A combination of weather, competing cash crops and economics is expected to cut Indonesia’s tea production by 40% this year reducing exports to 48,000 metric tons.
In a report published by the Jarkata Globe the Indonesia Tea Council predicted a 2015 crop of 120,000 metric tons with exports falling under 50,000 mt for the first time in decades. Tea production has declined an average 1.7% annually for the past few years, according to Karyudi, director of the Research Center for Tea and Quinine. Competing cash crops such as palm groves used to produce palm oil convinced many smaller farmers to abandon tea.
Nearly half of Indonesia’s tea is exported to Russia, Pakistan and the United Kingdom. The United States also buys large quantities. In 2014 Indonesia was the world’s 7th largest tea producer. Due to a severe drought caused by a particularly strong El Nino, the country is unlikely to remain in the top 10.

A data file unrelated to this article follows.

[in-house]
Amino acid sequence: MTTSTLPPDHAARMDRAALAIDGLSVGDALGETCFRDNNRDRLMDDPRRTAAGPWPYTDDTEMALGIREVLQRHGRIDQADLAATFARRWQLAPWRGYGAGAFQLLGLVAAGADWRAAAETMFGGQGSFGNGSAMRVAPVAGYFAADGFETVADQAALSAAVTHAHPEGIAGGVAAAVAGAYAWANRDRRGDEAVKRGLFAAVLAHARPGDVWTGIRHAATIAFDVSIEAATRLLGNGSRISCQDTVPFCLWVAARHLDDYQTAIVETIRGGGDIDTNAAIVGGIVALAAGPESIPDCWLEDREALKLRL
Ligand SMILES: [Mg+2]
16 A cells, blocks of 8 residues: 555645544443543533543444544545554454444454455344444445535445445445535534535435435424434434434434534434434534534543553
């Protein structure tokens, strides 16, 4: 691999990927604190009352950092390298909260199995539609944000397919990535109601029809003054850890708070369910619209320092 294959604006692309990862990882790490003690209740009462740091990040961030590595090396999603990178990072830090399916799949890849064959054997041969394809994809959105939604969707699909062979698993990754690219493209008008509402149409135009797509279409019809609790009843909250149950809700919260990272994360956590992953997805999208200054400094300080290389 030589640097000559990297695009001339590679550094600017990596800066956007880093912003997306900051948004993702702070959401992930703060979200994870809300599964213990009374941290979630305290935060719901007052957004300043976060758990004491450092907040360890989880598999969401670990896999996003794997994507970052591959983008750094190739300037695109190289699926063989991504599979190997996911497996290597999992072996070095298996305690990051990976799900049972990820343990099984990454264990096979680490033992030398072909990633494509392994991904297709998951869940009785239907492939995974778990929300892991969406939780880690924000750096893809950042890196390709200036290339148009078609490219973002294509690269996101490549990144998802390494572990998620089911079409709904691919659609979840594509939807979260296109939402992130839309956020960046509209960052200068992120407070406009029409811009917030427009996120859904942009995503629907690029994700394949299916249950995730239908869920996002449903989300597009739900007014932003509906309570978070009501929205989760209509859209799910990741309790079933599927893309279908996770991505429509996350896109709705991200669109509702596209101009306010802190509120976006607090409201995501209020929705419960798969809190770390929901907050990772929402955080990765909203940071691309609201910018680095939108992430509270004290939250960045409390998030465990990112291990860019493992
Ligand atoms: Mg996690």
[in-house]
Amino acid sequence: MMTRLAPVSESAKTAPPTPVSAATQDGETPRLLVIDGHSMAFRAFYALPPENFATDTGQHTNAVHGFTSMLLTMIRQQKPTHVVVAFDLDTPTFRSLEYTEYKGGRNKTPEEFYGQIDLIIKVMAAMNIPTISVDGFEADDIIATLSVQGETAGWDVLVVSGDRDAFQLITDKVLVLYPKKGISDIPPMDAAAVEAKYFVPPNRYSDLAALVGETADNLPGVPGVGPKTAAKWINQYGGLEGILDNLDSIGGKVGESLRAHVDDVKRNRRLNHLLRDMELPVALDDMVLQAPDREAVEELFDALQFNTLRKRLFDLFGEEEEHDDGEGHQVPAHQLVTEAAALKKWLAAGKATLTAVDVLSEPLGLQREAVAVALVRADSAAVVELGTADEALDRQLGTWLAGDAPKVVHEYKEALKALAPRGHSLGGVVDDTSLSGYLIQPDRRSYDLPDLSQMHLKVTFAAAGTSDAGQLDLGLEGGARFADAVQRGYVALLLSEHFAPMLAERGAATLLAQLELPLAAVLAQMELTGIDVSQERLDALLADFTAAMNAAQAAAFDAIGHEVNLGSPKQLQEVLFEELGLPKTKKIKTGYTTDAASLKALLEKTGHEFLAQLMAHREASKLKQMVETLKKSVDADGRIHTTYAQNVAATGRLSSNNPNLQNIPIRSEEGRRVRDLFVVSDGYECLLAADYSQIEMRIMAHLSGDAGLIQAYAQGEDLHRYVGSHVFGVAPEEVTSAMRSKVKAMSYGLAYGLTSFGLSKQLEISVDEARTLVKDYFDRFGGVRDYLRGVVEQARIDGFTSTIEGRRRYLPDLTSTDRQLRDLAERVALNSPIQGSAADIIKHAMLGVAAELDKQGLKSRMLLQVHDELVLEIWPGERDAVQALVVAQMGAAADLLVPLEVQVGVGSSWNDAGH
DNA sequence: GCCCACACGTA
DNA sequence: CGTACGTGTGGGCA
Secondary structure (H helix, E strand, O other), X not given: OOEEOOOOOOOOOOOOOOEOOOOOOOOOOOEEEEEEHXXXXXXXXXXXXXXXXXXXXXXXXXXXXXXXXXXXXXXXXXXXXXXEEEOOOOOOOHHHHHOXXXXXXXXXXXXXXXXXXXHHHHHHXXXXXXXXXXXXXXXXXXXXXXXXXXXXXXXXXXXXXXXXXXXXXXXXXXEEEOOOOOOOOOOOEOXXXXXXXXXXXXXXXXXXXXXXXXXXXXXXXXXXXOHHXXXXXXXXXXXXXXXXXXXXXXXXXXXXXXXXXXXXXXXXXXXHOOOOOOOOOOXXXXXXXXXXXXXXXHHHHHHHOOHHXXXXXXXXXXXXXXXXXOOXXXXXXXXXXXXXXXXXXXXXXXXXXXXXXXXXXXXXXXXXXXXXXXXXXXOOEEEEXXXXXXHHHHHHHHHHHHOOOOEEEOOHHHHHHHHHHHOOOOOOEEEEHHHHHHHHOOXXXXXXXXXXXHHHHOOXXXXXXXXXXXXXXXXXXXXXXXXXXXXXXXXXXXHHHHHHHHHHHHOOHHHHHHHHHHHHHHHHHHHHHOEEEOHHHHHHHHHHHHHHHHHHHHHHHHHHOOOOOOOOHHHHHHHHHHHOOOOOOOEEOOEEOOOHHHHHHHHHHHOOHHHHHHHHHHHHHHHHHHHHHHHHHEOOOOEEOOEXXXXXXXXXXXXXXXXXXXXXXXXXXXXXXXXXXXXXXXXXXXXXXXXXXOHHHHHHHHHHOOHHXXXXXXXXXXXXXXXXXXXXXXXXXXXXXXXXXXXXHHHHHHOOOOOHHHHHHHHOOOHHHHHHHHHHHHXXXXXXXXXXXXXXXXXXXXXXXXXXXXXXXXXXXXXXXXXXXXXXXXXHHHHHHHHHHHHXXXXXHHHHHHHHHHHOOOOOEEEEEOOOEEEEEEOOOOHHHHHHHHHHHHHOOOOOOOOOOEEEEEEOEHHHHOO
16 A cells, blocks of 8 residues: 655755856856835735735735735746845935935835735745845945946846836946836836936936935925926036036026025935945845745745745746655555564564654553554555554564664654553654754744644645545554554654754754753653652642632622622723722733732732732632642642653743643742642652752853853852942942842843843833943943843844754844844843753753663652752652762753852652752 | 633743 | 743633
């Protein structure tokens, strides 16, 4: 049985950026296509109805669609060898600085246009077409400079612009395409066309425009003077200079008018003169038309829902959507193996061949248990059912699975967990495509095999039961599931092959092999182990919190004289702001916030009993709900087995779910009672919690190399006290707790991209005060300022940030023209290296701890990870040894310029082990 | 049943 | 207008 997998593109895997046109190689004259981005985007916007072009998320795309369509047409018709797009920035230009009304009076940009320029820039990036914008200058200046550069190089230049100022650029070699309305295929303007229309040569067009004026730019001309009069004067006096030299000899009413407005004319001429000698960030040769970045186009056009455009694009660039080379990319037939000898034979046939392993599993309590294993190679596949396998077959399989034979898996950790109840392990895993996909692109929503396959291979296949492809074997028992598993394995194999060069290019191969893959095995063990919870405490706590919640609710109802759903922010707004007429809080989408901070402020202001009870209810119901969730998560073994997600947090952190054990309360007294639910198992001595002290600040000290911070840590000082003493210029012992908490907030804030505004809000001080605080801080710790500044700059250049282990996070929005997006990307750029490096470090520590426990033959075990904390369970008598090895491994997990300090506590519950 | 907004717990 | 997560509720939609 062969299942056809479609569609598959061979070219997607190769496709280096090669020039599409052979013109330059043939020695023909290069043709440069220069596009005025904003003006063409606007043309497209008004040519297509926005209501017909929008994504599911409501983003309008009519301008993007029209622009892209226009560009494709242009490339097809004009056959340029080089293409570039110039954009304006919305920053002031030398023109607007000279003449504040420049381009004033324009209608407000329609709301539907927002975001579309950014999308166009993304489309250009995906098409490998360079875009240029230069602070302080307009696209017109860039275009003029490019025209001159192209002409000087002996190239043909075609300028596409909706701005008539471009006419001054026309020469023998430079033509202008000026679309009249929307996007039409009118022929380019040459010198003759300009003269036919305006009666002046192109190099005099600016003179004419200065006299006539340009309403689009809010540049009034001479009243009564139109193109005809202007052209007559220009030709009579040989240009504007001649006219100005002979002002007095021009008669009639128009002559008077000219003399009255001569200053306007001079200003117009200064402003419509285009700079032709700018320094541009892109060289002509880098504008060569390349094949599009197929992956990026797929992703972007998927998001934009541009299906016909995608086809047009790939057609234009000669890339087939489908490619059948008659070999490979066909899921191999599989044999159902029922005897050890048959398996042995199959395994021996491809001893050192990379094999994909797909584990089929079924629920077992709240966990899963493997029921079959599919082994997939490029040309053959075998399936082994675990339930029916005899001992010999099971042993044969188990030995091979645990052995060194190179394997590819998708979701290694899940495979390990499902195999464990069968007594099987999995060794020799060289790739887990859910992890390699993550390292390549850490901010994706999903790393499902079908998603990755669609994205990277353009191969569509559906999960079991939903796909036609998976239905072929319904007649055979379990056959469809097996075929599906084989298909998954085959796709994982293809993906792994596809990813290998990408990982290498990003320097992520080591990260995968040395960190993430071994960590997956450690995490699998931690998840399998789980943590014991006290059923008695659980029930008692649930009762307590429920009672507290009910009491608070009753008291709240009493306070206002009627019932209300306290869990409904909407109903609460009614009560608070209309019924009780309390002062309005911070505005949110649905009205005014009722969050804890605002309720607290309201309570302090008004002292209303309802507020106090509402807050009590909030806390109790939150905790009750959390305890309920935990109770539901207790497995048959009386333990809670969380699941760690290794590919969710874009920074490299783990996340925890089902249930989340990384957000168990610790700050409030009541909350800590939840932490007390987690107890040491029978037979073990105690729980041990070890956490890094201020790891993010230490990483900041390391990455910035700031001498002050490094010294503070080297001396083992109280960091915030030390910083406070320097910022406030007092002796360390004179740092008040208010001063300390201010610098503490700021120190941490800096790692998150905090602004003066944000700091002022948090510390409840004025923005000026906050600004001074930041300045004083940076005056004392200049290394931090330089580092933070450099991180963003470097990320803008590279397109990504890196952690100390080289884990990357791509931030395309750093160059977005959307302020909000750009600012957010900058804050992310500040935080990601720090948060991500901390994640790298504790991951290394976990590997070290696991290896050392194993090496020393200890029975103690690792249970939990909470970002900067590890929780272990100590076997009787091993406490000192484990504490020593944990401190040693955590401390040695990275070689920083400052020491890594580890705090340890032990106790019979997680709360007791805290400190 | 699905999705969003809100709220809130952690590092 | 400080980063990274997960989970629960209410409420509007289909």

Production was 146,682 metric tons in 2014 from 121,034 hectares under tea, according to FAO (Food and Agricultural Organization of the United Nations). This year’s El Nino, a cyclical weather phenomena attributed to ocean warming, is one of the strongest on record. Warm seas off the coast of South America impact rainfall in Southeast Asia.
Much of Indonesia’s teas for export are produced by state-owned enterprises. Gardens like Perkebunan Nusantara have for many years supplied black teas to multi-national corporations including Unilever Indonesia. Unilever also buys from a few privately held estates including Kabepe Chakra and Gunung Slamat. Smallholders are struggling as yields are low and the nation’s tea bushes are aging (which decreases yield) and the domestic market remains small. Indonesians consume an average 11 ounces (.32 kilo) per person well below most producing countries.